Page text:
was important to go her own way on the character. “I looked at the relationship she has with her husband, which is something you get hints about in the play,” she said. “In a way my performance is inspired by some of my mother’s friends who even if they went to college were supposed to get married and stay at home.” Ionoff said that for many women of the 1960s, so much was going on in their country and world and they were mainly relegated to the sidelines. “It must have been so frustrating because they saw all this change, and they weren’t able to participate,” she said. “They were stuck.” For Darby, the show has been a great way to make people laugh while at the same time getting them to think about topics like sex and disillusionment in a different way than normal. “It’s a great cast and people can just dive in and have a great time,” Ionoff said. “It takes everyone back to the sixties and all those changes.” For more information, call 303232-0363 or visit www.theedgetheater. com.

Daniel L. Ritchie, the “godfather” of Denver theater, has announced his retirement as chief executive officer of the Denver Center for the Performing Arts. Ritchie will continue to serve as chairman of the board of trustees following his retirement as CEO. Ritchie revealed his decision at the June 10 regularly scheduled meeting of the trustees and then to a meeting of DCPA employees. He also is sending a letter to the customers and donors whose support of the DCPA has been the foundation of its success. “This is the right moment for me to step aside and for a new CEO to guide the DCPA into its bright future,” Ritchie said. “The DCPA is poised to move to a new level of creativity with an even warmer embrace of our audience. My full energy will now be focused on board matters, including the campaign to reauthorize the Scientific and Cultural Facilities District in 2016.” Ritchie joined the DCPA in 2007 as CEO and chairman of the board. Upon his appointment, the board and Ritchie concluded that the two positions should ultimately be separated. Today’s announcement completes that plan. Ritchie, who was known as “Dapper Dan” for his sharp attire, led the DCPA through a period of dynamic creative growth and to financial success. Under his leadership, the DCPA expanded its new-play development program, launched three national Broadway touring premieres, conducted two successful matching-gift fundraising campaigns, and served more than 400,000 students through its extensive theatre education programs. He also has been instrumental in diversifying the DCPA’s programming with the development of Off-Center @ The Jones, an experimental theater designed to make theater less formal, more fun, decidedly innovative and appealing to new audiences. Ritchie has made generous personal financial donations to the DCPA and has served without pay as CEO during his entire tenure. But I will remember him most for his “performances” to raise money for DCPA endeavors. One year for Saturday Night Alive, the DCPA’s granddaddy fundraiser, Ritchie embraced his inner rock star with over-the-top enthusiasm. He appeared in a full costume as former Guns N’ Roses guitarist Slash. A search will begin immediately for Ritchie’s successor. He will remain as CEO until his successor has joined the organization and he will work with the new CEO during a period of transition.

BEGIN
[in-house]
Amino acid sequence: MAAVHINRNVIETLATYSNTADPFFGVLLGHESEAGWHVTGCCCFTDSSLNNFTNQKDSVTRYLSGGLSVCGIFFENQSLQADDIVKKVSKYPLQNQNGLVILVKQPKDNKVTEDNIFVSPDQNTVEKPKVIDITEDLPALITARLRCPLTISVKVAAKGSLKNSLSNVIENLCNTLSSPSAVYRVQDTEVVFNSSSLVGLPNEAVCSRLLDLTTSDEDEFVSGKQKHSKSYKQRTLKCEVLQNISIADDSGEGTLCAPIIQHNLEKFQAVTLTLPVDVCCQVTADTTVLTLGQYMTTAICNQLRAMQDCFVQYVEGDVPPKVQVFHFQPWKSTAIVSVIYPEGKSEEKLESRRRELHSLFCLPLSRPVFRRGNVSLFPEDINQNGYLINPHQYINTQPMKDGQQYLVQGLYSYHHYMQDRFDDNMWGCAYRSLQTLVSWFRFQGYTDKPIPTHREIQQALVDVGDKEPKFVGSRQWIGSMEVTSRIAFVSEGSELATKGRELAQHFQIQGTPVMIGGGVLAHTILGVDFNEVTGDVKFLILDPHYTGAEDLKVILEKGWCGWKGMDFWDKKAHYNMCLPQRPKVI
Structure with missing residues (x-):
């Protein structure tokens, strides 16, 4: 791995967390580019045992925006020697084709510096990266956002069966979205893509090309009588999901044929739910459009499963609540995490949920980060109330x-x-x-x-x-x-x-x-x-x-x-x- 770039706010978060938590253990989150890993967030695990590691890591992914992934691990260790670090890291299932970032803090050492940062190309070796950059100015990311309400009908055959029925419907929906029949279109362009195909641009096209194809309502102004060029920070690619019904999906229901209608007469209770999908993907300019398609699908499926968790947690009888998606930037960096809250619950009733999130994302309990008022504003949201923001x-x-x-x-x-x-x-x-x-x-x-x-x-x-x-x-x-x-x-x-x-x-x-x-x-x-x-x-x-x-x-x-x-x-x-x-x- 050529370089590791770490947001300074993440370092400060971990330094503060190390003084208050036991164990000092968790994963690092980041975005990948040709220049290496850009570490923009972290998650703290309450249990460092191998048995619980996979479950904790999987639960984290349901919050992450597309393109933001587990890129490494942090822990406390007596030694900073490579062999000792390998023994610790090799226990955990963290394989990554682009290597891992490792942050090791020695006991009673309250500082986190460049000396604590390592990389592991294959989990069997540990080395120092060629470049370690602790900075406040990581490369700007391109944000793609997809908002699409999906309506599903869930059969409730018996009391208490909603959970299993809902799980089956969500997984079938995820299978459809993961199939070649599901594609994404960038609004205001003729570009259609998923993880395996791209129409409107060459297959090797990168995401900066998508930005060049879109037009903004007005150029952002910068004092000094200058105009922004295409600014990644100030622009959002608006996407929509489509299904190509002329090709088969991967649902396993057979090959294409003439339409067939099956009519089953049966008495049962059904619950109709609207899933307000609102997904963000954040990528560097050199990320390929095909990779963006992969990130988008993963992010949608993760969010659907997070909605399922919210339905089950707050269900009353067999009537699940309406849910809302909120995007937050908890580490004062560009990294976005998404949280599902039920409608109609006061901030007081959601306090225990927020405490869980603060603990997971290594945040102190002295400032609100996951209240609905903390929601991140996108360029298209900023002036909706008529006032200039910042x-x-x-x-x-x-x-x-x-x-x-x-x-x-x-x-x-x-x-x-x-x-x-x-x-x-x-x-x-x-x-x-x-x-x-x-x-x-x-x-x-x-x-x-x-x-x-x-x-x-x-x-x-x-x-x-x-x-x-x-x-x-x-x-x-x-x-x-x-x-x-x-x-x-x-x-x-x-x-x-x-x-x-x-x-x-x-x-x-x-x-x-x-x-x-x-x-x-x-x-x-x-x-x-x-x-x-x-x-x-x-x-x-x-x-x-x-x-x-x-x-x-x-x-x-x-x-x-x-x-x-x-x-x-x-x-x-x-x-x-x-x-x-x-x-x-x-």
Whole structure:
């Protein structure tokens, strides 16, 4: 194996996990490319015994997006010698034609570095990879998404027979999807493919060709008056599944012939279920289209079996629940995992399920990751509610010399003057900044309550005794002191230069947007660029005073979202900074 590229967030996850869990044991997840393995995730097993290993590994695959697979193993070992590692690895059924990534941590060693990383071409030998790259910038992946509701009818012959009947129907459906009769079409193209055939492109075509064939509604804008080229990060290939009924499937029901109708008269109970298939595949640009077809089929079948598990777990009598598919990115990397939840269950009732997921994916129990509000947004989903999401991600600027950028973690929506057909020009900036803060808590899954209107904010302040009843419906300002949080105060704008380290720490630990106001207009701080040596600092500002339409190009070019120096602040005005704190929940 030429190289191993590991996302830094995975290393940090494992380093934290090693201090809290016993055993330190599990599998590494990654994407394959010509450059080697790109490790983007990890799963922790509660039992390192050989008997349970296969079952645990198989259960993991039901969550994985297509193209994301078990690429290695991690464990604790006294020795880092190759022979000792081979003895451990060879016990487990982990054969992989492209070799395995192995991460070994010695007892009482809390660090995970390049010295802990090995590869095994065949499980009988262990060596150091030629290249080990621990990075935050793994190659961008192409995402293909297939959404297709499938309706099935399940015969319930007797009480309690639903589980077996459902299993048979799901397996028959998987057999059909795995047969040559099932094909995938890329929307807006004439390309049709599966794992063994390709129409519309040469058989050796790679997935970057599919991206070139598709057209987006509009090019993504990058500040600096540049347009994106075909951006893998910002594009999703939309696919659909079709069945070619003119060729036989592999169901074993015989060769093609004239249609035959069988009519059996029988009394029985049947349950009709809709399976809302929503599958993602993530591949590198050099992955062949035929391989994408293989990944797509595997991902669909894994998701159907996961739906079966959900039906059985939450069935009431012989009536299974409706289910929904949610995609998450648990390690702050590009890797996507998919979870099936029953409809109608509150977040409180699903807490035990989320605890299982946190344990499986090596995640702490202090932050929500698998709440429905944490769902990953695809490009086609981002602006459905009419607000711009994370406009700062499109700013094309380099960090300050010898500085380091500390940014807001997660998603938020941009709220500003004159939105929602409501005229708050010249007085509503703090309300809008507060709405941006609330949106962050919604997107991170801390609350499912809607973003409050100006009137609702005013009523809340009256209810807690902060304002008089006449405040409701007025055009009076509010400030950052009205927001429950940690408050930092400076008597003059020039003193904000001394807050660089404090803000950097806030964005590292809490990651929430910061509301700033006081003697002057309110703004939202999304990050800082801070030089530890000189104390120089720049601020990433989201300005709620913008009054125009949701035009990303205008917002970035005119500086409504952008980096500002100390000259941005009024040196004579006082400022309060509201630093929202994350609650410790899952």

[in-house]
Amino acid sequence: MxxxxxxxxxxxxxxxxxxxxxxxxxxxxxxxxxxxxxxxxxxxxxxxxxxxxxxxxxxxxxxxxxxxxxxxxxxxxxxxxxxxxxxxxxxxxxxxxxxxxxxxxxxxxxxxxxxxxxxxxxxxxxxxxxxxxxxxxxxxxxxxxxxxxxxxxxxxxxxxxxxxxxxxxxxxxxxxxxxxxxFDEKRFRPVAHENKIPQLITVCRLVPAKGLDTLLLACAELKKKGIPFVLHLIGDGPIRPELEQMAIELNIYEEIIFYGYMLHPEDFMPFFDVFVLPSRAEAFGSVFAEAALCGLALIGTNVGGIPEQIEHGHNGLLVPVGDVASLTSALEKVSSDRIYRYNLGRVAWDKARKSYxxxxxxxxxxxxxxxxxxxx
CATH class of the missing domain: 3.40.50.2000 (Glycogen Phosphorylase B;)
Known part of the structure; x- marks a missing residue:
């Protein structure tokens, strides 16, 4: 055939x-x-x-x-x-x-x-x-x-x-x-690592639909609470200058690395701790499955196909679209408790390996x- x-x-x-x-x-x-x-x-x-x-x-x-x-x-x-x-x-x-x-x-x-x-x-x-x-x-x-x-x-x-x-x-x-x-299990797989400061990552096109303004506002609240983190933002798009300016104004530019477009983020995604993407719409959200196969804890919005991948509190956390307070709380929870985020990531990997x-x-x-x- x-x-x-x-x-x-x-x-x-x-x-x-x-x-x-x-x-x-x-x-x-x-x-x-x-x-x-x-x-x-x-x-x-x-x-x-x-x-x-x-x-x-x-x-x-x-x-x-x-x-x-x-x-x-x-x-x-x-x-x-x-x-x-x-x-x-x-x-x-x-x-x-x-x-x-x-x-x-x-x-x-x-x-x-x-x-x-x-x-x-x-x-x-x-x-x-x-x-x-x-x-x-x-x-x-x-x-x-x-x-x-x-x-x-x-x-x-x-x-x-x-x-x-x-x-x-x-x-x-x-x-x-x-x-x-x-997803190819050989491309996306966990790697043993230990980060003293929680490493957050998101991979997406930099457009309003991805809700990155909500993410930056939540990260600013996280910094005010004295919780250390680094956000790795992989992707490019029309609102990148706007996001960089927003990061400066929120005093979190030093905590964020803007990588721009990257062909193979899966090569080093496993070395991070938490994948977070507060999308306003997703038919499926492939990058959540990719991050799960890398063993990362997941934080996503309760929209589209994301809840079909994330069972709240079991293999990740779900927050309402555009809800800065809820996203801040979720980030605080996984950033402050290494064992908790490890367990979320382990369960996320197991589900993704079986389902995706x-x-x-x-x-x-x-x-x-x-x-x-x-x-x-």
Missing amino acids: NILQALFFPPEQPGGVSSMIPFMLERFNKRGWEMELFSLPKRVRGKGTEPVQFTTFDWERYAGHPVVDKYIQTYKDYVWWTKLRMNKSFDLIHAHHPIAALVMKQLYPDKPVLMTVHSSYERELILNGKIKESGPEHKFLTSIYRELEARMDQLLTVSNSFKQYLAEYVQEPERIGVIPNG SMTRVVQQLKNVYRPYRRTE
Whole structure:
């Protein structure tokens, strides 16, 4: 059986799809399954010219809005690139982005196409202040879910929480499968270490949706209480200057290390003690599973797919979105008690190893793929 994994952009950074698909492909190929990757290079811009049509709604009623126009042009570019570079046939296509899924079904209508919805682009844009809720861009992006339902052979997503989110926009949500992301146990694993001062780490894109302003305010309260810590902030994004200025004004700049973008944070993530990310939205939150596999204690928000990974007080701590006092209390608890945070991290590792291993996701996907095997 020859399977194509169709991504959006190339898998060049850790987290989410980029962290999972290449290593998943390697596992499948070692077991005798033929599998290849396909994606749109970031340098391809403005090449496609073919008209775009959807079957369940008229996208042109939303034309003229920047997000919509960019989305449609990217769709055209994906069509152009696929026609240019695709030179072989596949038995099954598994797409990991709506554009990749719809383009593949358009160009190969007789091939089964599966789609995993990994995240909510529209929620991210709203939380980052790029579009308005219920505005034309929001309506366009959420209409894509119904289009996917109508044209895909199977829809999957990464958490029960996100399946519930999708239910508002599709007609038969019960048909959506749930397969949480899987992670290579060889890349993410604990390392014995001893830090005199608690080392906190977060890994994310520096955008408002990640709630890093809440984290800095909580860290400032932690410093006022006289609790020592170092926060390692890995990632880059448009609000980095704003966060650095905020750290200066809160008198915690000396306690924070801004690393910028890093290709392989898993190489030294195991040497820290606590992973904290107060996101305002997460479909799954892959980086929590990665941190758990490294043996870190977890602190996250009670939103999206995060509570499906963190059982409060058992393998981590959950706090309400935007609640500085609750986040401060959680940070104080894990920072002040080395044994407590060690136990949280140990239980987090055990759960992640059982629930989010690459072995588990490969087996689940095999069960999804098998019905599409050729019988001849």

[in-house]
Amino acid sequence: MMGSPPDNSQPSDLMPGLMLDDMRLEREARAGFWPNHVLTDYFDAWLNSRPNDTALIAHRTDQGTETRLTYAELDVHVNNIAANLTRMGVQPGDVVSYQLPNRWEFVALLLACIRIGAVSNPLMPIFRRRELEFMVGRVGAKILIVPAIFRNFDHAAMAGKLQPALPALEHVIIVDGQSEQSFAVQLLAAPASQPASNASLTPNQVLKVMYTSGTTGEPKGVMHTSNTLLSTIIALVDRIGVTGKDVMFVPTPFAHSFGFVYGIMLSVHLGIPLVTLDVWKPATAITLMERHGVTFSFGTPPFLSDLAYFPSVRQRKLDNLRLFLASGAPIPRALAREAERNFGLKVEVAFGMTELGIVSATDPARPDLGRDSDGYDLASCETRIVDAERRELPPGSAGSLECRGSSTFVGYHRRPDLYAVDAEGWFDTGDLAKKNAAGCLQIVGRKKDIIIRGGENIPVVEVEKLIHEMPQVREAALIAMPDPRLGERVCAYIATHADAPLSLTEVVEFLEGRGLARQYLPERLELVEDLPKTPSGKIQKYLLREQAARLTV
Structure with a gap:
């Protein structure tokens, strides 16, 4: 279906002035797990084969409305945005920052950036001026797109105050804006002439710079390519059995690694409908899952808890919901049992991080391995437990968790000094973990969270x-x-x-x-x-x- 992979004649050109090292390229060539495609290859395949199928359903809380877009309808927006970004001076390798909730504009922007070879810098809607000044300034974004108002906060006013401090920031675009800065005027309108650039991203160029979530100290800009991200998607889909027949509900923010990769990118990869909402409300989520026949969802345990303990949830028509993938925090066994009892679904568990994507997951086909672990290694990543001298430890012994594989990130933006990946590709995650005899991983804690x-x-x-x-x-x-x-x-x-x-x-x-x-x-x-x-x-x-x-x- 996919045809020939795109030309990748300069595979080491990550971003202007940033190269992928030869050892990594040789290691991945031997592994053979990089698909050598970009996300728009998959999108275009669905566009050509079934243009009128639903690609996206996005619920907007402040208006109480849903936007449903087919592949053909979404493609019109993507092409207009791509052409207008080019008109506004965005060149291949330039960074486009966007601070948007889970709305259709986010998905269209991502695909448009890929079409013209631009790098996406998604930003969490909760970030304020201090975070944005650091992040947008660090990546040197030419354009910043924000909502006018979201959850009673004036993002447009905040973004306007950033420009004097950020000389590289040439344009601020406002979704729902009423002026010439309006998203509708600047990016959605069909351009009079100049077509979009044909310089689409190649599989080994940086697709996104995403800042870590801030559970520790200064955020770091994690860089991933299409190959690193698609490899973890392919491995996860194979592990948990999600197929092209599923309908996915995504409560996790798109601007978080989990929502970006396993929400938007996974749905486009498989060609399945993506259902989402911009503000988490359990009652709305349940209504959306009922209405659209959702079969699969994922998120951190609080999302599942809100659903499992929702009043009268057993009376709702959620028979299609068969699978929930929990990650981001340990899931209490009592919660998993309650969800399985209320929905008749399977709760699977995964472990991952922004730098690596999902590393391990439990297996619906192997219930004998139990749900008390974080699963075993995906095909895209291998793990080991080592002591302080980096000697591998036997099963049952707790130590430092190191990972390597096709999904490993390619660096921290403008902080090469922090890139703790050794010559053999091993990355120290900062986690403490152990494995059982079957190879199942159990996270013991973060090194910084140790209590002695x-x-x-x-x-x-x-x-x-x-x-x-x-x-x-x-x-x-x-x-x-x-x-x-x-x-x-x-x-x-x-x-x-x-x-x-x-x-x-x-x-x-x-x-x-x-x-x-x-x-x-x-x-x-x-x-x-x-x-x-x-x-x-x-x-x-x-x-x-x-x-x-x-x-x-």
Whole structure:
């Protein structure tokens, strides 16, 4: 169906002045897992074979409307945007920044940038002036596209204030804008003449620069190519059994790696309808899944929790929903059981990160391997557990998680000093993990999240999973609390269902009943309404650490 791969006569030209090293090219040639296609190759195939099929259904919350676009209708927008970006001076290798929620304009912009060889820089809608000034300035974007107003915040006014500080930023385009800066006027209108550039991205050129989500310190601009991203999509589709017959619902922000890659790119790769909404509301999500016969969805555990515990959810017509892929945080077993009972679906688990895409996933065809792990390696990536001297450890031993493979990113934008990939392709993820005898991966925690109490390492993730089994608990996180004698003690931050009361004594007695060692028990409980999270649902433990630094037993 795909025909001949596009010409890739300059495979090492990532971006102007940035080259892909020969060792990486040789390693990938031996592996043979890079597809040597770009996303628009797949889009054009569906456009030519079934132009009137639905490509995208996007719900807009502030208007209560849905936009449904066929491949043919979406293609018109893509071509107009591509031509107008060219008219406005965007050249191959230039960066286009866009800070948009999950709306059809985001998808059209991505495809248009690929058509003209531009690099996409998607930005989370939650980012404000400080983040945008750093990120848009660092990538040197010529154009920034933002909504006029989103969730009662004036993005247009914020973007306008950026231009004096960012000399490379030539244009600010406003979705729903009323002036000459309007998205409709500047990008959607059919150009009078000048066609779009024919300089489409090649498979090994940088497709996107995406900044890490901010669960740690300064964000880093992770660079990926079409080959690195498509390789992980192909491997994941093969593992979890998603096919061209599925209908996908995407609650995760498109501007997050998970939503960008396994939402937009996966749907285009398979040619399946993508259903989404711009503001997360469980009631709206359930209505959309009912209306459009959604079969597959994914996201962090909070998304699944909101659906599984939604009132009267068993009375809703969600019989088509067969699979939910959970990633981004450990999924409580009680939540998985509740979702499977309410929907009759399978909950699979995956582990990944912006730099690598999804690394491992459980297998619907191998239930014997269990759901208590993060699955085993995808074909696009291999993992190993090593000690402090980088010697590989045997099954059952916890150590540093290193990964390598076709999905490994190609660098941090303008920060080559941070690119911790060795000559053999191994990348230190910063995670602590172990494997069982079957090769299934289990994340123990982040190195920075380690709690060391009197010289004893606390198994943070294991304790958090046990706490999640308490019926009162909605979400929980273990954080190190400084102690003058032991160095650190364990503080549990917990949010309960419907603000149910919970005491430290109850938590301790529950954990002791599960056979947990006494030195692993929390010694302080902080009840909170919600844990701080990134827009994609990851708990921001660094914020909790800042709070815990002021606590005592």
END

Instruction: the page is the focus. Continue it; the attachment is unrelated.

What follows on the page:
Sprouts opens in Englewood

Sprouts Farmers Market, one of the fastest-growing natural food retailers in the country, opened its first store in Englewood (5001 S. Broadway) on June 11. This is the 17th Sprouts in the Denver area. Sprouts is a healthy grocery store offering fresh, natural and organic foods. The grocery chain offers fresh produce, bulk foods, vitamins and supplements, packaged groceries, meat and seafood, baked Parker continues on Page 12


12 The Sentinel

June 19, 2014

Celebrating Juneteenth “All Different Now: Juneteenth, the First Day of Freedom” by Angela Johnson, illustrated by E.B. Lewis 2014, Simon & Schuster Books for Young Readers $17.99 / $19.99 Canada 40 pages Tomorrow morning, when you wake up, everything will be changed. Oh, sure, you’ll still be in the same bed with the same sheets and jammies. Your room will be the same room you went to sleep in. Your mom will still be your mom and your dad will still be your dad – but it’ll be a whole new day with new possibilities. As you’ll see in the new book “All Different Now” by Angela Johnson, illustrated by E.B. Lewis, one day can really mean a lot. Every morning, the breeze from the gulf woke everyone up, telling them it was time to start the day in the fields beneath

Parker Continued from Page 11

goods, dairy products, frozen foods, natural body care and household items catering to consumers’ interest in health and wellness.